Grace Davoren v HSE, John Lee & Oliver McAnena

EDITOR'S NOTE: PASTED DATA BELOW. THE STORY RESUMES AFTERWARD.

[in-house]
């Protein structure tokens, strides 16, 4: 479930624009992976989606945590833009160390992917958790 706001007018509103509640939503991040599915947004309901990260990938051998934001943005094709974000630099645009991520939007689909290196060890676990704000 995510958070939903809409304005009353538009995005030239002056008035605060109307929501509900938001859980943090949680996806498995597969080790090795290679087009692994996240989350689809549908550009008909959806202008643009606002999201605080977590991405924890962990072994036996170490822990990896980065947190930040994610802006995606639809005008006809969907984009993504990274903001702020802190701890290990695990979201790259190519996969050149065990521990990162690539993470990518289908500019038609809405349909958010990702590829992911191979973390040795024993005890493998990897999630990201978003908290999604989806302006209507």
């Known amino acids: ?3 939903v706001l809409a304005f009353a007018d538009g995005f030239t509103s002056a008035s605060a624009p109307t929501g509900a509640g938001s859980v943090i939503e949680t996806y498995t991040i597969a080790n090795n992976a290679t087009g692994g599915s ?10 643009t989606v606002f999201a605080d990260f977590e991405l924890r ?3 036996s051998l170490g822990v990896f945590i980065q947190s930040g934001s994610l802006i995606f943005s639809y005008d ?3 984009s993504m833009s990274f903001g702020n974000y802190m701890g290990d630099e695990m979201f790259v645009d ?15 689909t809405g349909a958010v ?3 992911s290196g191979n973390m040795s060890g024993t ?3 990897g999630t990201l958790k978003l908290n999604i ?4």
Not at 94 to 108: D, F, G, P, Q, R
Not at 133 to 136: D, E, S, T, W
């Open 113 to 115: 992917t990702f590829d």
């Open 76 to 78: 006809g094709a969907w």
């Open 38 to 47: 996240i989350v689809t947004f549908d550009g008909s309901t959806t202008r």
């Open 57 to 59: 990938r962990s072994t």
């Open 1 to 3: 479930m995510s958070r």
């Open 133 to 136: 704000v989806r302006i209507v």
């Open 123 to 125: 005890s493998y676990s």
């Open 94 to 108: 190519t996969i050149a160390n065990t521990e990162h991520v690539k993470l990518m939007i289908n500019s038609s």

The Plaintiff in this case brought proceedings for the wrongful death of her husband against the Defendants arising out of the negligent treatment afforded to him at Merlin Park Hospital and University College Hospital, Galway whilst under the care of the second and third named Defendants in 2003. An admission of liability was made in respect of the allegations of negligence approximately three weeks before the commencement of the trial (and over 7 years after the death) and the matter proceeded as an assessment of damages only. The Plaintiff claimed damages under the Civil Liability Act, 1961 on behalf of her and her four children for the mental distress caused by her husband’s death (capped at €25,400), funeral and miscellaneous expenses, the loss of dependency on her husband as a result of the loss of the farm income and the value of an inheritance he would have received had he survived from his mother. Damages relating to the mental distress, funeral and miscellaneous expenses were agreed and not in dispute between the parties. The value of the financial dependency claim and the lost inheritance were also agreed however the Defendants argued that the Plaintiff and her four children was not entitled to recover any damages under these two headings and these were the issues to be decided upon by the Court.